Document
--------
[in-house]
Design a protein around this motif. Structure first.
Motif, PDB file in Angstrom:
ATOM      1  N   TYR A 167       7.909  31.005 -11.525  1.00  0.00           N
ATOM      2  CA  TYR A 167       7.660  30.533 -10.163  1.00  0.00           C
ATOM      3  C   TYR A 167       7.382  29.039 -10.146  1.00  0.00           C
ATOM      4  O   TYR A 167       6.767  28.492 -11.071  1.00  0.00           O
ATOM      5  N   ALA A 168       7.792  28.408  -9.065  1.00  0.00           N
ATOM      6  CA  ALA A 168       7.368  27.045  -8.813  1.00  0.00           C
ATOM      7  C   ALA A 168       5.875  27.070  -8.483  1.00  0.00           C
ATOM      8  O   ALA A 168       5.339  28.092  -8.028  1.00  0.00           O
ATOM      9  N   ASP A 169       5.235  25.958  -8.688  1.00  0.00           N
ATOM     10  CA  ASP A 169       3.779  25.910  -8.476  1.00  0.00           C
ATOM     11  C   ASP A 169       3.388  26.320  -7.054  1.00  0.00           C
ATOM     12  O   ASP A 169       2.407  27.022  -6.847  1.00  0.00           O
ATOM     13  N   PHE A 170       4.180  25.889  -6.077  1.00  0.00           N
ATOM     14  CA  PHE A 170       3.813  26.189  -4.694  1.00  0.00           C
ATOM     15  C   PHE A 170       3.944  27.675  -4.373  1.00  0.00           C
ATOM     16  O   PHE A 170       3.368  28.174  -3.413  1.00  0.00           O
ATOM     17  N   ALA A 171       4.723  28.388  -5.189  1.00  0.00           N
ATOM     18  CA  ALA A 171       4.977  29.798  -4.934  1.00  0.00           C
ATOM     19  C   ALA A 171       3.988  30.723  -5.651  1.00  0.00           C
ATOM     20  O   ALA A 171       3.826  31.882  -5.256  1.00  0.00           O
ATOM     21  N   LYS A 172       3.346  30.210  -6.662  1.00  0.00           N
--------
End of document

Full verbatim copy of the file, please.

[in-house]
Design a protein around this motif. Structure first.
Motif, PDB file in Angstrom:
ATOM      1  N   TYR A 167       7.909  31.005 -11.525  1.00  0.00           N
ATOM      2  CA  TYR A 167       7.660  30.533 -10.163  1.00  0.00           C
ATOM      3  C   TYR A 167       7.382  29.039 -10.146  1.00  0.00           C
ATOM      4  O   TYR A 167       6.767  28.492 -11.071  1.00  0.00           O
ATOM      5  N   ALA A 168       7.792  28.408  -9.065  1.00  0.00           N
ATOM      6  CA  ALA A 168       7.368  27.045  -8.813  1.00  0.00           C
ATOM      7  C   ALA A 168       5.875  27.070  -8.483  1.00  0.00           C
ATOM      8  O   ALA A 168       5.339  28.092  -8.028  1.00  0.00           O
ATOM      9  N   ASP A 169       5.235  25.958  -8.688  1.00  0.00           N
ATOM     10  CA  ASP A 169       3.779  25.910  -8.476  1.00  0.00           C
ATOM     11  C   ASP A 169       3.388  26.320  -7.054  1.00  0.00           C
ATOM     12  O   ASP A 169       2.407  27.022  -6.847  1.00  0.00           O
ATOM     13  N   PHE A 170       4.180  25.889  -6.077  1.00  0.00           N
ATOM     14  CA  PHE A 170       3.813  26.189  -4.694  1.00  0.00           C
ATOM     15  C   PHE A 170       3.944  27.675  -4.373  1.00  0.00           C
ATOM     16  O   PHE A 170       3.368  28.174  -3.413  1.00  0.00           O
ATOM     17  N   ALA A 171       4.723  28.388  -5.189  1.00  0.00           N
ATOM     18  CA  ALA A 171       4.977  29.798  -4.934  1.00  0.00           C
ATOM     19  C   ALA A 171       3.988  30.723  -5.651  1.00  0.00           C
ATOM     20  O   ALA A 171       3.826  31.882  -5.256  1.00  0.00           O
ATOM     21  N   LYS A 172       3.346  30.210  -6.662  1.00  0.00           N